I’ve said it many times before and I’m likely to say it again. Keeping our electronic gadgets powered up on the go can be a major challenge when traveling or living off the grid in the backcountry. Thankfully, we continue to see some fantastic new devices that can help us overcome this challenge, with fantastic new chargers and portable generators getting revealed all of the time. The latest to cross my desk is the Synavolt, a personal power bank that delivers unique functionality that I haven’t seen before.
As a charger, there Synavolt comes equipped with a 20,000 mAh battery, which is enough to power a smartphone as many at 10 times over. It’s also enough juice to recharge things like tablets, cameras, drones, and even laptops too. Plus, the Synavolt comes with three built-in USB 3.0 ports, making it a handy device to have with you wherever you go.
But what really makes this charger stand out from the competition is its modular design. Both ends of the Synavolt have expansion slots on them that allow users to add specially developed modules that expand functionality further. For instance, I’ve been testing the power bank with an AC inverter and a light, both of which allow it to do much more than a normal USB charger. The AC inverter allows me to plug in my MacBook while traveling and the light – which puts out 350 lumens – comes in handy around a campsite, in the car, or even at home.
Those modules are just the beginning however. Other options include a Bluetooth speaker, extra USB ports, a Qi wireless charging pad, a 12 V car adapter, and an additional 4000 mAh mini power bank for when you need an extra boost of energy. These modules snap right into place in the expansion port, draw energy from the massive battery itself, and expand the features of the Synavolt dramatically. It is a clever idea that takes the concept of carrying a power pack with you, but gives it some added functionality that you might have to carry other devices to normally have.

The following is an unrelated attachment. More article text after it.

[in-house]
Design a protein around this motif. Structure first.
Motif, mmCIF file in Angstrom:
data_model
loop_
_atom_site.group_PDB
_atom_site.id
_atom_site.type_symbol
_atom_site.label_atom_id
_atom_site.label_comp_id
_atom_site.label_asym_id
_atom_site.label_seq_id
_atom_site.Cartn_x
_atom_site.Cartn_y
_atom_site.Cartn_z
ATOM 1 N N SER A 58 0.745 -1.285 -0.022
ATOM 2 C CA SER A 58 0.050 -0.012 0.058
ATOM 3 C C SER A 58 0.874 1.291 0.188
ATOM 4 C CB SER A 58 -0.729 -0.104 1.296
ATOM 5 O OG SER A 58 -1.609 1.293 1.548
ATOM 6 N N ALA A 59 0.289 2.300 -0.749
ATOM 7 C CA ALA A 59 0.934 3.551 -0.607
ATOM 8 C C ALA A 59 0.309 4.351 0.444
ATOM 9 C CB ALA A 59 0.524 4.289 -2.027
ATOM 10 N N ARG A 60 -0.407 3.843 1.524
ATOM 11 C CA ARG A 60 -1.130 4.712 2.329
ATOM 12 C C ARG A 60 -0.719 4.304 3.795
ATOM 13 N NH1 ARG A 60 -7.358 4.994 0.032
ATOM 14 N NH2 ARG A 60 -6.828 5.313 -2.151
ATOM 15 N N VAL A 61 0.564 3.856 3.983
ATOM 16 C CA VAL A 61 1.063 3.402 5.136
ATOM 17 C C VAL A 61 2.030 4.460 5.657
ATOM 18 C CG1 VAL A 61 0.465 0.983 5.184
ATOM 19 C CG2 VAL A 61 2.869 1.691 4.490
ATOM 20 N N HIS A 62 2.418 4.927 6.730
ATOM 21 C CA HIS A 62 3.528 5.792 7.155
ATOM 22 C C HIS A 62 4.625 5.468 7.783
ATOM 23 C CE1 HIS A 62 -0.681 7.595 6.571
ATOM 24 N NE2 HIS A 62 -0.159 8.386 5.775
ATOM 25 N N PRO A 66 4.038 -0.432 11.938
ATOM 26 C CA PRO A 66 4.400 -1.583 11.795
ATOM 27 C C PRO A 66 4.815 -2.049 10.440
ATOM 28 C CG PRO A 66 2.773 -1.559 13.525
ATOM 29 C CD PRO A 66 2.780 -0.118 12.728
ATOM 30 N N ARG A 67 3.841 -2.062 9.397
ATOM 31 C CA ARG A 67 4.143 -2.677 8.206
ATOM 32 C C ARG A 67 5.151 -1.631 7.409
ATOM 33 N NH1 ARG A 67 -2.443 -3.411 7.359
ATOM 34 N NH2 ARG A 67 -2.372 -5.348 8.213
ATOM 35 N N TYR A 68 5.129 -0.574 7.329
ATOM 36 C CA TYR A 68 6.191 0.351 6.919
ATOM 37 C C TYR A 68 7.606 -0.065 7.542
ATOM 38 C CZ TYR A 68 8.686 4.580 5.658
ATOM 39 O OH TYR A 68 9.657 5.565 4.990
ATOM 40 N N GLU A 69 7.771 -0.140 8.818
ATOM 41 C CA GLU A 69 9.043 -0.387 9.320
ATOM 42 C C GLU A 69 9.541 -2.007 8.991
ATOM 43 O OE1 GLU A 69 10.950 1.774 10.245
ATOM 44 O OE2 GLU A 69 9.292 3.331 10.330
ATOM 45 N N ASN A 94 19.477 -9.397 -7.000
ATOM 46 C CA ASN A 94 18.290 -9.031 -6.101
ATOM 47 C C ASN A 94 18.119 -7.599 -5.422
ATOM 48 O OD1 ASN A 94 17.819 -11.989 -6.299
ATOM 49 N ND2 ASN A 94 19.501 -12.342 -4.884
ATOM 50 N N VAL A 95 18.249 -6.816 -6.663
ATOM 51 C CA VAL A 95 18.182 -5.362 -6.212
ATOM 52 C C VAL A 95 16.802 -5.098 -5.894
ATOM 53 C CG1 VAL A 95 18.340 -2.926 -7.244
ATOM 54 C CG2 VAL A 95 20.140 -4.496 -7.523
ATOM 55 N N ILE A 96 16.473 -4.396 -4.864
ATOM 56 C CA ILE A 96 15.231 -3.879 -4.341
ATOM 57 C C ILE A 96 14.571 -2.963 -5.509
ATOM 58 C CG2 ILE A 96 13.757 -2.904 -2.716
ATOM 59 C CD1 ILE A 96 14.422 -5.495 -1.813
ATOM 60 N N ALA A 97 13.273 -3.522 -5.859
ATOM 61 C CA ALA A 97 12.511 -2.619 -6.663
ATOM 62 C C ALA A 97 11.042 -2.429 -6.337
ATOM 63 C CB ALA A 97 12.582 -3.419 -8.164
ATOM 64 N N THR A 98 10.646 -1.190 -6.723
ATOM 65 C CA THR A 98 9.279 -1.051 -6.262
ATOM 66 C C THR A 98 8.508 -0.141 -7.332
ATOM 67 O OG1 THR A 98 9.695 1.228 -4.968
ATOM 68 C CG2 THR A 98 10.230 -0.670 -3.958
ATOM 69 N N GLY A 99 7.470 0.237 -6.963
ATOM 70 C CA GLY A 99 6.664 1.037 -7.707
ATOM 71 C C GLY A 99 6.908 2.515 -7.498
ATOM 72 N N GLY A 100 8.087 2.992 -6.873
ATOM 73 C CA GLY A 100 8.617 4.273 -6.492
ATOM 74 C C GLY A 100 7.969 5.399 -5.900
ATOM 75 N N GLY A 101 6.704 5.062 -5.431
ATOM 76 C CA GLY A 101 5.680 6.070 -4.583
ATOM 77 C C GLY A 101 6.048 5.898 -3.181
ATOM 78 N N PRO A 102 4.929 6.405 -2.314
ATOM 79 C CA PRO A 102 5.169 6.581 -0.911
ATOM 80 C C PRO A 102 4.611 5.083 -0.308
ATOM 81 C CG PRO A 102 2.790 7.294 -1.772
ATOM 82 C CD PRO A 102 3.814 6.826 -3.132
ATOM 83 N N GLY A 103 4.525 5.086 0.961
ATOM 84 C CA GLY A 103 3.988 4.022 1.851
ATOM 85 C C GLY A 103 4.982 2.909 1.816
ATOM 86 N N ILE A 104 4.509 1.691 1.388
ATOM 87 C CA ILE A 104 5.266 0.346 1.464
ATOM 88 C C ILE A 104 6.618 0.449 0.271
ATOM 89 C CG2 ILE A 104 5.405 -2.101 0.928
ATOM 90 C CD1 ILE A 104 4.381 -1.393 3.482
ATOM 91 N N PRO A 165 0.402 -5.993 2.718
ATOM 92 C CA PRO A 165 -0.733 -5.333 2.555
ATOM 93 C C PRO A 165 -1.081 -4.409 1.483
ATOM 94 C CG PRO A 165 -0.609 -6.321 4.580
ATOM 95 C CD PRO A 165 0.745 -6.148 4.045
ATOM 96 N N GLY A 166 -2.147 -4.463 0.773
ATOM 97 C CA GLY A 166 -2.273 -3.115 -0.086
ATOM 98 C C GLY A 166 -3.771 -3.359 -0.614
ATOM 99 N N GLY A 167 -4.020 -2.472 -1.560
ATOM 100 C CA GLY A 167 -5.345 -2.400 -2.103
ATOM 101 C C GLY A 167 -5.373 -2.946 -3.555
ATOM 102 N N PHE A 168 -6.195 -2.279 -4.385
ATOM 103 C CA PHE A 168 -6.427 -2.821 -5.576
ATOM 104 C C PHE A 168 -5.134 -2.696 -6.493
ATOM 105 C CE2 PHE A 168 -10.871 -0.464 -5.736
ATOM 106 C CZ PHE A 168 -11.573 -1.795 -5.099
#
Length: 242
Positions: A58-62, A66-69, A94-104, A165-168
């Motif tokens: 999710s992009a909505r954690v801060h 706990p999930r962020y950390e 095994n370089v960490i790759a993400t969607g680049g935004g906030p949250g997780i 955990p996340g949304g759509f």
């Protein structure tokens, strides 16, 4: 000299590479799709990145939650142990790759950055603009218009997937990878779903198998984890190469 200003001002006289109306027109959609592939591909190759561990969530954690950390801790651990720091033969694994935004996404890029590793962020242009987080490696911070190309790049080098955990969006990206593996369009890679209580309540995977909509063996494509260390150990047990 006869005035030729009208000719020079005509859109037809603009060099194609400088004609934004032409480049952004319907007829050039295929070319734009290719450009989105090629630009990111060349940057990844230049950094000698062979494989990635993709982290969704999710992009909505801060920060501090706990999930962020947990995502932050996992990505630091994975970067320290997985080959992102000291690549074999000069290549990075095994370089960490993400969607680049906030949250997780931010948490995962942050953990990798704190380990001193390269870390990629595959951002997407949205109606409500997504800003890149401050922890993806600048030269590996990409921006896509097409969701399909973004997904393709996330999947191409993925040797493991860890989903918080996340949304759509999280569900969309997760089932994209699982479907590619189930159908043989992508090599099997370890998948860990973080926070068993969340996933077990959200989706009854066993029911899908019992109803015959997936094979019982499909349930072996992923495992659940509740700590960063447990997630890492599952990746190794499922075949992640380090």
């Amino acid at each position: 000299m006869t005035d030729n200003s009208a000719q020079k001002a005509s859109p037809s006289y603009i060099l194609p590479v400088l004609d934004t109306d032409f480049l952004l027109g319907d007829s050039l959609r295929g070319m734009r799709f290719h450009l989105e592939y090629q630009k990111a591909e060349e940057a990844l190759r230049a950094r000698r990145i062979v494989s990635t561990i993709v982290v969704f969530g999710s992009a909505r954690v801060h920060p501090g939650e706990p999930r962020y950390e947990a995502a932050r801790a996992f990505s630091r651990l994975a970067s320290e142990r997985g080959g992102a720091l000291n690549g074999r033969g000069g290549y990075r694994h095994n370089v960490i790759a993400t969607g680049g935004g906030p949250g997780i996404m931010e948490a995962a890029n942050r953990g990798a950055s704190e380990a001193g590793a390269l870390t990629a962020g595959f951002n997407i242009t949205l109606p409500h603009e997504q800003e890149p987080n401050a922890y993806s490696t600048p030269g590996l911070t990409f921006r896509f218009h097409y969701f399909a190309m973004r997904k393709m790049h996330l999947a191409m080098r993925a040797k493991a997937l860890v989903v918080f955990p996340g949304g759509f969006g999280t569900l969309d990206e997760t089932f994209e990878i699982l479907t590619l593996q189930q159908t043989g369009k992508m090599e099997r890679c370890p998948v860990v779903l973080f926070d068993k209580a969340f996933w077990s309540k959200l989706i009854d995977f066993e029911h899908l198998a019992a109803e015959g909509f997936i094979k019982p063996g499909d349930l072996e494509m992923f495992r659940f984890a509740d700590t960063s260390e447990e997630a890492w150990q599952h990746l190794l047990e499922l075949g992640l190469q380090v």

The concept behind the Synavolt is great and I love the added features that the modules bring to the table. The power bank is a bit on the larger side with those modules in place however, which may be a drawback for some. Without the modules, the device isn’t especially big, and is about on par with most large-capacity USB battery packs. The modules do add weight and bulk though, although again if you were going to carry a large lantern or Bluetooth speaker with you anyway, this device actually ends up saving you some weight and space. Its modular design also offers impressive versatility in the field too.
At the moment, Synavolt isn’t a product that you can just rush out and buy. It has launched on Indiegogo however, where the designers are looking to pull in $30,000 in crowdfunding to make it a reality. As I write this, they are about a quarter of the way toward that goal. If successful, they’ll begin shipping in April of 2018 at an MSRP of about $200 for the base unit. Early-bird supporters can preorder one now for half that however, and can get deals on various modules too.
Check it out here.
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